Michelle Calligaro, Digital Manager at Text, suggests that one of the downfalls of bookstores is that they “are not usually open when you can’t get to sleep at 2am and just really need something new to read”. She certainly makes a compelling point. According to Calligaro, it wasn’t just bookstores that felt the burn of the internet. “The internet has presented a challenge to all sorts of retail, not just bookshops. Busy people are increasingly comfortable with the convenience of browsing and buying online.” With the development of the internet enabling more and more people to access books, it is hard to turn your nose up at what ebooks are achieving: offering both convenience and accessibility. They have made texts available to those that do not have access to bookstores. As Calligaro explains, Text’s ebooks “are available to people in Brazil or Japan or Outback Australia with a few clicks of a mouse”.

Perhaps we can attribute the hard copy book’s survival to those with a reminiscent heart and an inability to let go of the feeling of a fresh new book in their hands. I have spent my entire adult life resisting the dreaded screens of the ebook. But then again, with Amazon, Booktopia, Book Depository and the like, you can find the best price and ship it from anywhere in the world… in hard copy. These sites not only hurt bookstores but also the publishers and authors. Amazon, in particular, is notorious for pushing down the percentage of sales going to the publisher due to their enormous consumer reach – this is why they can make the prices so cheap. With such competitive prices how have our poor little bookstores made it this far already?

Unless you have been living under a rock for the last 15 years, you will know of Amazon’s global monopoly on online book sales. Despite their global reach however, many items from the Amazon site will not ship to Australian addresses and, for those that do, include costs of approximately AU$8 to ship a book. Because these shipping costs are so comparatively expensive, Australians have never bothered with the book giant but it’s difficult to deny that they know how to run a company. Late last year, Amazon opened their very first physical shop front in Seattle. Yes, an actual bookshop. And with the obvious success from the first store, they have opened a second in San Diego. There is no arguing that Amazon understands market trends. Amazon’s worth is currently sitting somewhere at US$265 billion, which is kind of a lot.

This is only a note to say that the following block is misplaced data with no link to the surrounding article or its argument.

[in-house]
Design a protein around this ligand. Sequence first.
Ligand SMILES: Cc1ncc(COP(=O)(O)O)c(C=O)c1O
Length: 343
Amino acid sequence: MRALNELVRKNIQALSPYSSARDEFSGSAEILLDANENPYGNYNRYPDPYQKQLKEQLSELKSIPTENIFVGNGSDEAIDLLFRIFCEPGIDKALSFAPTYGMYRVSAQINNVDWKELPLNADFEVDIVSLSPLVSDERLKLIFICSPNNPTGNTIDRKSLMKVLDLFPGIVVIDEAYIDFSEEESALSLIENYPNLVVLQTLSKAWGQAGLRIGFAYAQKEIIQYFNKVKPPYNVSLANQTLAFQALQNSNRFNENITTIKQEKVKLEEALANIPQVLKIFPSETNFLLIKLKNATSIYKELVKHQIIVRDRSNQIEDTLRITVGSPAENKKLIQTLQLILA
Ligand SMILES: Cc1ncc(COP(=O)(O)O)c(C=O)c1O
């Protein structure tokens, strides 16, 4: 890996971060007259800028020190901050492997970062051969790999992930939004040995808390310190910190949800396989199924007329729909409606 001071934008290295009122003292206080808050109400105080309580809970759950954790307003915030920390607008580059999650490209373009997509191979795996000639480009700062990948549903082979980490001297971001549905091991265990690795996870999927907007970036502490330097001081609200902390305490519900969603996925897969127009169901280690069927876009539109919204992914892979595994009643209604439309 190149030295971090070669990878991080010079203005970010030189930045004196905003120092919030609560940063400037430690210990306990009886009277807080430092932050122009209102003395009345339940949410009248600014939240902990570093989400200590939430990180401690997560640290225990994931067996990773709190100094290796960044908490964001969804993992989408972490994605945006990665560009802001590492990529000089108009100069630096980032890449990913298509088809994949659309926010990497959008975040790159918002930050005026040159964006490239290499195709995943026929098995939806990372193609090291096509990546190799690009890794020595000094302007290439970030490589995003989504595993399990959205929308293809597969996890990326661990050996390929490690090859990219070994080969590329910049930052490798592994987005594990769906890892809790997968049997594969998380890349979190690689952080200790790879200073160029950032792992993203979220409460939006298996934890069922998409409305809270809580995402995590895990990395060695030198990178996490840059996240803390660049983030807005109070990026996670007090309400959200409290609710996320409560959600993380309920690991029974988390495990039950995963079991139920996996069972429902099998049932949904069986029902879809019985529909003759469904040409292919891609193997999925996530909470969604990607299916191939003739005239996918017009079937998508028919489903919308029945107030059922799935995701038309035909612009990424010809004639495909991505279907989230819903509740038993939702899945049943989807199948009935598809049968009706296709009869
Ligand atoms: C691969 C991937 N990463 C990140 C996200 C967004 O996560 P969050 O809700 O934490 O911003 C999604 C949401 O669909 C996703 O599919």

Large, monopolising companies aside, are our bookstores in Melbourne simply surviving ? This year, Readings will be opening two more bookshops in Melbourne. Two more! Rubbo gave us a little insight into why Readings has been doing so well even in this digital landscape. He describes himself and the rest of the staff at Readings as “curators” of the books ensuring that customers are getting recommendations from real people. As Rubbo explains, “you need to offer something that people will pay more for”.Customers like to walk into a bookstore and have “lots of options” and “from what people tell us, it is the experience and that they get to interact with other readers and staff… it’s a place where people can discover new things”. By jumping onto the internet bandwagon early, Rubbo claims that Readings has been able to further promote both books and local writers. Calligaro also spoke about how “bookshops also have the potential to use the internet to their own advantage and reach a wider community of readers”.

Though prospects may seem bleak from the surface for the good ol’ bookstore, those that have stuck around are proving quite the contrary. So will there always be a place for bookshops in the Australian market? If you’d asked Mark Rubbo that question five years ago, he may have given a very different answer. But today his answer stands at a solid “yes” we really do need our bookstores. And that’s enough for us book-lovers.